All posts tagged ‘PastryKit’

File Under: Frameworks, Mobile

New Frameworks Give Mobile-Web Apps a Boost

Sencha Touch, the new mobile-website framework, shows off its multidevice mojo.


Apple’s campaign to make native mobile apps seem sexier than the temperamental world of the mobile browser has been very successful. Tens of thousands of developers have been lured to the company’s App Store as a result.

However, the rapid rise of a number of impressive client-side JavaScript frameworks make it possible to build cross-platform, fast and lightweight mobile applications that run in the browser and, in some cases, equal the functionality of native apps.

Since these frameworks deliver content through the browser, there are no bizarre App Store approval processes or installer packages to contend with, and you really can “write once, run anywhere.” Any mobile operating system with a modern browser is game — iOS, Android, WebOS, it doesn’t matter.

Sure, for most games and animation-heavy apps, native is still the way to go. But for all other kinds of content, even complex stuff like maps and videos, the mobile web may be the better choice.

The latest entry into the mobile-framework field is Sencha Touch, brought to you by the same people that created Ext JS, jQTouch and Raphael, all of which have been combined under the name Sencha.

Sencha Touch, released this week, bills itself as “the first HTML5 framework for mobile devices,” which isn’t quite true. Several other mobile frameworks make use of HTML5 APIs like offline storage, or companion APIs like geolocation. But Sencha is nevertheless well worth a look if you’re thinking of building a cross-platform mobile app.

Sencha offers built-in support for the geolocation API and the offline storage API, and takes advantage of CSS 3 for smaller, image-less design elements. Because all the major mobile platforms — iOS, Android and WebOS — use similar WebKit-based browsers, there’s little to worry about when it comes to support for cutting edge features like HTML5 and CSS 3. Even when Firefox arrives on mobiles, you should expect support to be on par.

Sencha has some demos available if you’d like to see what’s possible. The GeoCongress demo makes use of the geolocation API to find out where you are and then show a list of your senators and representative. There’s also a very slick Solitaire demo that shows how to preserve an app’s state using the HTML5 local storage API.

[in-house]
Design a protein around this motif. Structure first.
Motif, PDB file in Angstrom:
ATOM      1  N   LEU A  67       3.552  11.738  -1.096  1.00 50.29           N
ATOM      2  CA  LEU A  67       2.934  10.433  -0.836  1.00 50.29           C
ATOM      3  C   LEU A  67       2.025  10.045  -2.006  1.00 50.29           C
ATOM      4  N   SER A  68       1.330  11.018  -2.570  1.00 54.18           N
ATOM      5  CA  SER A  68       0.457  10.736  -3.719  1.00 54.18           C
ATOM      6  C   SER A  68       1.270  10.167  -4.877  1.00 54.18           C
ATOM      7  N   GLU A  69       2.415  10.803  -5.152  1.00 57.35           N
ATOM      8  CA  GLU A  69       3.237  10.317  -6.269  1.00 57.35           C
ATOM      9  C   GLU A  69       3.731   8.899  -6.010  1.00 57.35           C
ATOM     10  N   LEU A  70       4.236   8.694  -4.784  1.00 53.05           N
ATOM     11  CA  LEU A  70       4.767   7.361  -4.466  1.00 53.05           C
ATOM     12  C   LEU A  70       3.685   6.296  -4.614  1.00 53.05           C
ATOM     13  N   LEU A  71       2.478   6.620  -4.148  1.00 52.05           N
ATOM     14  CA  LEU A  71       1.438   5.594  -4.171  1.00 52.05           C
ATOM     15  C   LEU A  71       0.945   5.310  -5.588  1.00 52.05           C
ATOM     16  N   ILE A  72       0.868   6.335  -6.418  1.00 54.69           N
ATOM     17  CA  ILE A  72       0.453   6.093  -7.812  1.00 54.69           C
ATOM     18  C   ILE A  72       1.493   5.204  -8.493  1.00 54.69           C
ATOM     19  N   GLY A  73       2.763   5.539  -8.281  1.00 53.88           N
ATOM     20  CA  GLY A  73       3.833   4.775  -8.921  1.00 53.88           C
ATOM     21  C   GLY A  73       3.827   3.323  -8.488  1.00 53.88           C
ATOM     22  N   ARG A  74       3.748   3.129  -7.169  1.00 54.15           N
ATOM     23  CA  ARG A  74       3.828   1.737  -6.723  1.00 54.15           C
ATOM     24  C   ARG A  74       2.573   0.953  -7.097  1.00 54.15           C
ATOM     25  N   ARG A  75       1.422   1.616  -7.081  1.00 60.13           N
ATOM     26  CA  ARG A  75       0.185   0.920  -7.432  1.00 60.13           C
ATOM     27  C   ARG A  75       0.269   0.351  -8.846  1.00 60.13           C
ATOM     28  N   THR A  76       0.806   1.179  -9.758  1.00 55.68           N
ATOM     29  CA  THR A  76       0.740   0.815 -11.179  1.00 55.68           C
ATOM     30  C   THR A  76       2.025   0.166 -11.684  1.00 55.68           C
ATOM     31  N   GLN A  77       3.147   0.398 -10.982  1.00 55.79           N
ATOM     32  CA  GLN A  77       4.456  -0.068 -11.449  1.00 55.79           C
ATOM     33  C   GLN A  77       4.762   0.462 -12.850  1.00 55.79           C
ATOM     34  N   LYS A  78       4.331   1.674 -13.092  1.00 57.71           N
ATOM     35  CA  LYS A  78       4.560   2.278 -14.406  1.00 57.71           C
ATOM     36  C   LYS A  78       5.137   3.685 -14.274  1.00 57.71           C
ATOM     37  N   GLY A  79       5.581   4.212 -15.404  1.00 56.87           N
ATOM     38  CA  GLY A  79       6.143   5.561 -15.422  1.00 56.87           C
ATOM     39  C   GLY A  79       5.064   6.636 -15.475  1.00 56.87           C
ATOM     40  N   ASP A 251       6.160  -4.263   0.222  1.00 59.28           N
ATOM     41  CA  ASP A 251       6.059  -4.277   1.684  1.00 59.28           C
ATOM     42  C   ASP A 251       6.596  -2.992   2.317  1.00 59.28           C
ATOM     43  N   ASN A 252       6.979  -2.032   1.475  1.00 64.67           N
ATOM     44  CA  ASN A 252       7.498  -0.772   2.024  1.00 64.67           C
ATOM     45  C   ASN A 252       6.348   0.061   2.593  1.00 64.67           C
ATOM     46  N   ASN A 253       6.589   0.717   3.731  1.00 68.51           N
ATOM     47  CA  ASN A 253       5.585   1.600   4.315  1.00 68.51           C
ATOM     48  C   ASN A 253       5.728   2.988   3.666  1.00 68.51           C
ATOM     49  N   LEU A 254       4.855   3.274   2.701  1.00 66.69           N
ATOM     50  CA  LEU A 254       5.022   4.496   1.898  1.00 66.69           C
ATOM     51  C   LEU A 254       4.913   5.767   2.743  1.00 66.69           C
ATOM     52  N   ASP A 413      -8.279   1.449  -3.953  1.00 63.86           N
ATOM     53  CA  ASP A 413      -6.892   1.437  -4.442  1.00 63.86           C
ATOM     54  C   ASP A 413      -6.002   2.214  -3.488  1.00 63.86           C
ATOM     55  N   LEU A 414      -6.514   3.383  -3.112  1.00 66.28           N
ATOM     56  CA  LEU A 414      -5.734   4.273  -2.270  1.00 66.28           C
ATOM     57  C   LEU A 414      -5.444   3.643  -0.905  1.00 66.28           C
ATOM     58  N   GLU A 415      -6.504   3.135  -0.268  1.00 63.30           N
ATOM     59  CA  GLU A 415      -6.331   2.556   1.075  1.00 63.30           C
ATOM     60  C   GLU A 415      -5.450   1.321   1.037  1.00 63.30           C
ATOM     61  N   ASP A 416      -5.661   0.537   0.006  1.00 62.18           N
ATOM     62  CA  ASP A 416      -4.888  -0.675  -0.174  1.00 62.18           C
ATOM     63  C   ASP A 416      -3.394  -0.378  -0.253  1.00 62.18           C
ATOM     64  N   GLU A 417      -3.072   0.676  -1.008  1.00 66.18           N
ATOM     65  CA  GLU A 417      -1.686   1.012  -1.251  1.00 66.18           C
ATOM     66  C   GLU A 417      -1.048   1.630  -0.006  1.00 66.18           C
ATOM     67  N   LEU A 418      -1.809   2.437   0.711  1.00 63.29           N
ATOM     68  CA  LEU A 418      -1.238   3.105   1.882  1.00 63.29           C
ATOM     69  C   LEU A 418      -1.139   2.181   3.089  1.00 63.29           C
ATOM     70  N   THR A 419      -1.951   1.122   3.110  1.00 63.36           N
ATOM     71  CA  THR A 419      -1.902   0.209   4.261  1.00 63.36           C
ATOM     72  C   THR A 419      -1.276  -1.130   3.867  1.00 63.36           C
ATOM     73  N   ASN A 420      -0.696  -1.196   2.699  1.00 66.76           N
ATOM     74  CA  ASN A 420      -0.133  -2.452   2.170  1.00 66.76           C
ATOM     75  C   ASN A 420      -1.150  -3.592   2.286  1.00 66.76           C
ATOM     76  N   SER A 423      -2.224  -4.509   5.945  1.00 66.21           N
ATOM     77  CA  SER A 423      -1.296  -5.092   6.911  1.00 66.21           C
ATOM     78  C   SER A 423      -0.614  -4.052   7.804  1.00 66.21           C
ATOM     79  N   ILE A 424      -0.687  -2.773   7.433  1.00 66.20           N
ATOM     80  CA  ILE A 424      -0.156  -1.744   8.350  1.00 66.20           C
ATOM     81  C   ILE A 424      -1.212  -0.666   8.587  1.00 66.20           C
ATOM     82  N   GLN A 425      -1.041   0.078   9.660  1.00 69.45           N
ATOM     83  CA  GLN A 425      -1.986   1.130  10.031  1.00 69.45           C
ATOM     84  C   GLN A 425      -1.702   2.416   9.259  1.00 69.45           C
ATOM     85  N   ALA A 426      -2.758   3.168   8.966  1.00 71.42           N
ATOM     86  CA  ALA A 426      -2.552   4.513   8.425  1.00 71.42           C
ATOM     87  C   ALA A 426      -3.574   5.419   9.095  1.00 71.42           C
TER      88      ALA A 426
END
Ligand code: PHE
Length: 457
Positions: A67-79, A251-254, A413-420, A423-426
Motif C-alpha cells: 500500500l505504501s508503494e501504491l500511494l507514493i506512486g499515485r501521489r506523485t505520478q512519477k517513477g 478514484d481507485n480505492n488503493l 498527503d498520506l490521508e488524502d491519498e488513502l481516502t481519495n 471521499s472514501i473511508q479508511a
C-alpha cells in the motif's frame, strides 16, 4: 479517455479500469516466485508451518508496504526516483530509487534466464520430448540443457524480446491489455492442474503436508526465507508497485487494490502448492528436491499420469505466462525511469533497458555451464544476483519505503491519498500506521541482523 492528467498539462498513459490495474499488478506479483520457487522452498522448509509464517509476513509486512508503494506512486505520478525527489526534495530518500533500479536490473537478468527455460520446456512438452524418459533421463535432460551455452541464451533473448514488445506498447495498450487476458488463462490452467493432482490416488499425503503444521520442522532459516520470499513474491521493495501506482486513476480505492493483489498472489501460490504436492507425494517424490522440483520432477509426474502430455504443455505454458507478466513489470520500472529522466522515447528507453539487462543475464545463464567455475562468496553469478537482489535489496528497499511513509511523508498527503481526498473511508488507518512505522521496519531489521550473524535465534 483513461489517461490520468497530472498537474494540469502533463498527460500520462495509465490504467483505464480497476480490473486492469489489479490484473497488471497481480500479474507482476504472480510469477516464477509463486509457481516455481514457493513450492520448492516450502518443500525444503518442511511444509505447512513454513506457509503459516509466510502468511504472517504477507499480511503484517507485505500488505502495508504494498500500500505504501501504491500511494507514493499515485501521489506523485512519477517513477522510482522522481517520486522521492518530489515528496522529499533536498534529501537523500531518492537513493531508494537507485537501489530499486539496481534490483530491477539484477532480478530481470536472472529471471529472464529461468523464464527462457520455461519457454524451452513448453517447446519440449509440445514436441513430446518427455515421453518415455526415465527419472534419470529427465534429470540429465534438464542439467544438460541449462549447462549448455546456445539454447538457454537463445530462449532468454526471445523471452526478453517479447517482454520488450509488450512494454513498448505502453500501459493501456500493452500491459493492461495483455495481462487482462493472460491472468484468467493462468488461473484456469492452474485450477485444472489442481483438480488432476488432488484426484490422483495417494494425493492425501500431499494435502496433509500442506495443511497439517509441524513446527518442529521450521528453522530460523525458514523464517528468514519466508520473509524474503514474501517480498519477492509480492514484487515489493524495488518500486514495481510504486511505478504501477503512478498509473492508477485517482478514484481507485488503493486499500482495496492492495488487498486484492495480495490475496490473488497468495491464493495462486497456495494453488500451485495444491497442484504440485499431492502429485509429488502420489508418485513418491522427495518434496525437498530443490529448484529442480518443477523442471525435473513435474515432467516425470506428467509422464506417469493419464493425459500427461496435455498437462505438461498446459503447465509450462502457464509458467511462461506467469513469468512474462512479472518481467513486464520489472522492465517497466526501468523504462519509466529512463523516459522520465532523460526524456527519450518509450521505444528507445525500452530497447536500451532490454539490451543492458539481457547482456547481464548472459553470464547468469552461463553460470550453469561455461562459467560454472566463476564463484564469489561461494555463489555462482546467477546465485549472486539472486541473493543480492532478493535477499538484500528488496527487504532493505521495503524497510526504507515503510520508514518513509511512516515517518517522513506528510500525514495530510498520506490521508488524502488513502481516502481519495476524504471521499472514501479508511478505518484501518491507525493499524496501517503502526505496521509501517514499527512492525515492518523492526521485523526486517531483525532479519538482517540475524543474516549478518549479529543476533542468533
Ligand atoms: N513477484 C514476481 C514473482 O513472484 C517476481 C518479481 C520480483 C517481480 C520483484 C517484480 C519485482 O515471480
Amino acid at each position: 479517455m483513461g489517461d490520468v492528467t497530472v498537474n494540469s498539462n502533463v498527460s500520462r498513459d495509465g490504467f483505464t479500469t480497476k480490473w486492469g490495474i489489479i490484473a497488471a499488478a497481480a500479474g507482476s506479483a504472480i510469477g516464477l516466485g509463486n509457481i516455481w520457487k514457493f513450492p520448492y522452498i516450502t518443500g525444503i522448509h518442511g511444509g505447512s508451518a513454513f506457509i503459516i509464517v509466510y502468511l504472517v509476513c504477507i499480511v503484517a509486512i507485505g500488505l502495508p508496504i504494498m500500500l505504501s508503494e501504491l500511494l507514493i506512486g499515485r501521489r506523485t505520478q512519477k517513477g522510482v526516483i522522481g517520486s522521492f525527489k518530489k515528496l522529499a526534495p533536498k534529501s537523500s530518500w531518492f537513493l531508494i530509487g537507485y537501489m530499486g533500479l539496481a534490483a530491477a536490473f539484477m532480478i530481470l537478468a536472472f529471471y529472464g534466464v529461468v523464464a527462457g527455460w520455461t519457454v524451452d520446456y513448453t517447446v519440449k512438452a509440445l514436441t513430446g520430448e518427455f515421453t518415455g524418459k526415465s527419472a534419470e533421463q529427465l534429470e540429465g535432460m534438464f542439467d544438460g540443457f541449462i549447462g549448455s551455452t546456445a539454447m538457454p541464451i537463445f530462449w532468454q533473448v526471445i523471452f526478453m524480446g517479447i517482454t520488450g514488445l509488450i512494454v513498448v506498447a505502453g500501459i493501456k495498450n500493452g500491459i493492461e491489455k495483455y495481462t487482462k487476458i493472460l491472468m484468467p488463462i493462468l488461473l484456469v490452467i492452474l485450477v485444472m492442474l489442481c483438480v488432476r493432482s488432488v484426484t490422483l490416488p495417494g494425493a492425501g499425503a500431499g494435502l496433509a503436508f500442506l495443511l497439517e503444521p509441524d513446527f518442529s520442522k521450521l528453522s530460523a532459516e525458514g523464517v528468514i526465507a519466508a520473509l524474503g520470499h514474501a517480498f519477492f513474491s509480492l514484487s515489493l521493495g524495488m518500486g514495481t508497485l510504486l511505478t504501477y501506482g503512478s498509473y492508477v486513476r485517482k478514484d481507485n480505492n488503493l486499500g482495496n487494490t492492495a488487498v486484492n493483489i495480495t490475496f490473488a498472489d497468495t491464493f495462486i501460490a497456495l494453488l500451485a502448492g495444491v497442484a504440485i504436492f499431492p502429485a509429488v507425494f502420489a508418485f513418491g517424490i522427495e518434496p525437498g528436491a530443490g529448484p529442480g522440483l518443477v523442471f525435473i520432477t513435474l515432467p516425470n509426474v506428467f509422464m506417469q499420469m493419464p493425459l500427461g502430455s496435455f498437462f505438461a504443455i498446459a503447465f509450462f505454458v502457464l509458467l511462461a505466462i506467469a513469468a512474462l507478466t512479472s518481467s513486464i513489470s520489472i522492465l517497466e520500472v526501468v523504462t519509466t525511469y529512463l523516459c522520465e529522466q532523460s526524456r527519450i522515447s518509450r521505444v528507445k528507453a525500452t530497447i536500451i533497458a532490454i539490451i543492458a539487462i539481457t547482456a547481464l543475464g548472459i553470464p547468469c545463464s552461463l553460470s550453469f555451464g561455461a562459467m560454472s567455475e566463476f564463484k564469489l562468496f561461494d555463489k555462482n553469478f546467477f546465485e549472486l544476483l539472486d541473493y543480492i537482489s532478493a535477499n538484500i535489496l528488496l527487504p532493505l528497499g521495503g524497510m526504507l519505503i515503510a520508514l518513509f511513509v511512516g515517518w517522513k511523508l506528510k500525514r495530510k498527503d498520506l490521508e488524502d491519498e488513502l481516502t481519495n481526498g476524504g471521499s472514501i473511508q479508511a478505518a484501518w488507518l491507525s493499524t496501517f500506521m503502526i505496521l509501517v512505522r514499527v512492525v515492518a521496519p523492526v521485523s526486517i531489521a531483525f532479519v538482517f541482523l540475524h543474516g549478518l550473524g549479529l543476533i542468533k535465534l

The Sencha Touch code is available under a GPLv3 license. If you’d like to experiment with the code, head over to the new Sencha Touch site and grab a copy.

If Sencha Touch doesn’t cover all your bases, there are several other frameworks out there that do similar things. Although not specifically geared to mobile-web apps, SproutCore can be used to create lightning-fast mobile-web apps.

SproutCore generated quite a bit of interest a few years ago, when Apple incorporated it into the company’s MobileMe tools like iWork.com. It’s also the framework behind Kiva’s Loan Browser tool.

If you’re used to jQuery-style JavaScript, SproutCore will look a bit strange at first. Like server-side frameworks such as Rails and Django, SproutCore is based on the model-view-controller (“MVC”) paradigm. As with other frameworks in this category, SproutCore cuts down on latency by moving business logic to the client, but in keeping the MVC pattern of server-side frameworks, SproutCore should make developers feel right at home.

On the downside, SproutCore does not degrade at all. If anyone shows up to your mobile site with JavaScript disabled, they’ll see a blank page. SproutCore also lacks support for WAI-ARIA, which means it doesn’t offer much in the way of accessibility tools.

SproutCore is written in Ruby. You can grab a copy from the SproutCore site, or install it as Ruby “gem.”

Another possibility is iWebKit, which offers many of the same features you’ll find in other frameworks, but puts more emphasis on Apple’s mobile devices. Unfortunately, while most iWebKit apps will work just fine in Android, the built-in UI elements are clearly iPhone-specific.

Like the others iWebKit is customizable. You can always dive into the CSS files and tweak things to your liking (though doing so may call in to question the benefit of using a framework in the first place).

Another framework worth noting is Apple’s own PastryKit. Although PastryKit’s UI isn’t cross-platform, it does have some nice tools for iPhone-specific web apps. Keep in mind, though, that PastryKit is not officially documented. Daring Fireball has a nice video overview, and developer David Calhoun has dug a bit deeper into how PastryKit works.

Before you rush off to develop a mobile-web app, it’s worth pointing out that there are definitely some significant advantages to native apps — whether its on iOS or Android. Native apps have access to lower-level system tools (in the iPhone’s case, that means stuff like the accelerometer, gyroscope and more). If your apps need those tools, then by all means, use native code.

If you’re not writing an app that makes heavy use of platform tools, the web is a viable option. And, thanks to frameworks like Sencha Touch, SproutCore and iWebKit, building a cross-platform mobile-web app doesn’t have to be a Herculean task.

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